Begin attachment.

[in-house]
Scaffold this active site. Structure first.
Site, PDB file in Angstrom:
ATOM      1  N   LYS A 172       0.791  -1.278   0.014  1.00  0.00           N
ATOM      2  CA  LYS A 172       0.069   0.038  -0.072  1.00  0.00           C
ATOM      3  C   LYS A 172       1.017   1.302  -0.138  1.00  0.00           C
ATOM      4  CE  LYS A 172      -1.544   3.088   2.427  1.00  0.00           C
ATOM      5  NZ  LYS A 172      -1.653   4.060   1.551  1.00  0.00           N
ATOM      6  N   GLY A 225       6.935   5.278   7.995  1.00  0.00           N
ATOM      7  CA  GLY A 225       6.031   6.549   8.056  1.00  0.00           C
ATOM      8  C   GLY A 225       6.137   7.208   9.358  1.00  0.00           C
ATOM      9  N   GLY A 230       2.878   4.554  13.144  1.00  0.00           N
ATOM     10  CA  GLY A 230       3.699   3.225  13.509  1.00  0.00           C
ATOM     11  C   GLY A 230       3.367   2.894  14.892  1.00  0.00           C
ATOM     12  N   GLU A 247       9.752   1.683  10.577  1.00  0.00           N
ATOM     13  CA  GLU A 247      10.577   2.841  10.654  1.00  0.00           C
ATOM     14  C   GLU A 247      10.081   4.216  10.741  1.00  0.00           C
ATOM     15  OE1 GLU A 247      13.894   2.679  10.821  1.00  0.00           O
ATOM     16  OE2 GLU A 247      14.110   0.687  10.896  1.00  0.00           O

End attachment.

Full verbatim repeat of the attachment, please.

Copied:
[in-house]
Scaffold this active site. Structure first.
Site, PDB file in Angstrom:
ATOM      1  N   LYS A 172       0.791  -1.278   0.014  1.00  0.00           N
ATOM      2  CA  LYS A 172       0.069   0.038  -0.072  1.00  0.00           C
ATOM      3  C   LYS A 172       1.017   1.302  -0.138  1.00  0.00           C
ATOM      4  CE  LYS A 172      -1.544   3.088   2.427  1.00  0.00           C
ATOM      5  NZ  LYS A 172      -1.653   4.060   1.551  1.00  0.00           N
ATOM      6  N   GLY A 225       6.935   5.278   7.995  1.00  0.00           N
ATOM      7  CA  GLY A 225       6.031   6.549   8.056  1.00  0.00           C
ATOM      8  C   GLY A 225       6.137   7.208   9.358  1.00  0.00           C
ATOM      9  N   GLY A 230       2.878   4.554  13.144  1.00  0.00           N
ATOM     10  CA  GLY A 230       3.699   3.225  13.509  1.00  0.00           C
ATOM     11  C   GLY A 230       3.367   2.894  14.892  1.00  0.00           C
ATOM     12  N   GLU A 247       9.752   1.683  10.577  1.00  0.00           N
ATOM     13  CA  GLU A 247      10.577   2.841  10.654  1.00  0.00           C
ATOM     14  C   GLU A 247      10.081   4.216  10.741  1.00  0.00           C
ATOM     15  OE1 GLU A 247      13.894   2.679  10.821  1.00  0.00           O
ATOM     16  OE2 GLU A 247      14.110   0.687  10.896  1.00  0.00           O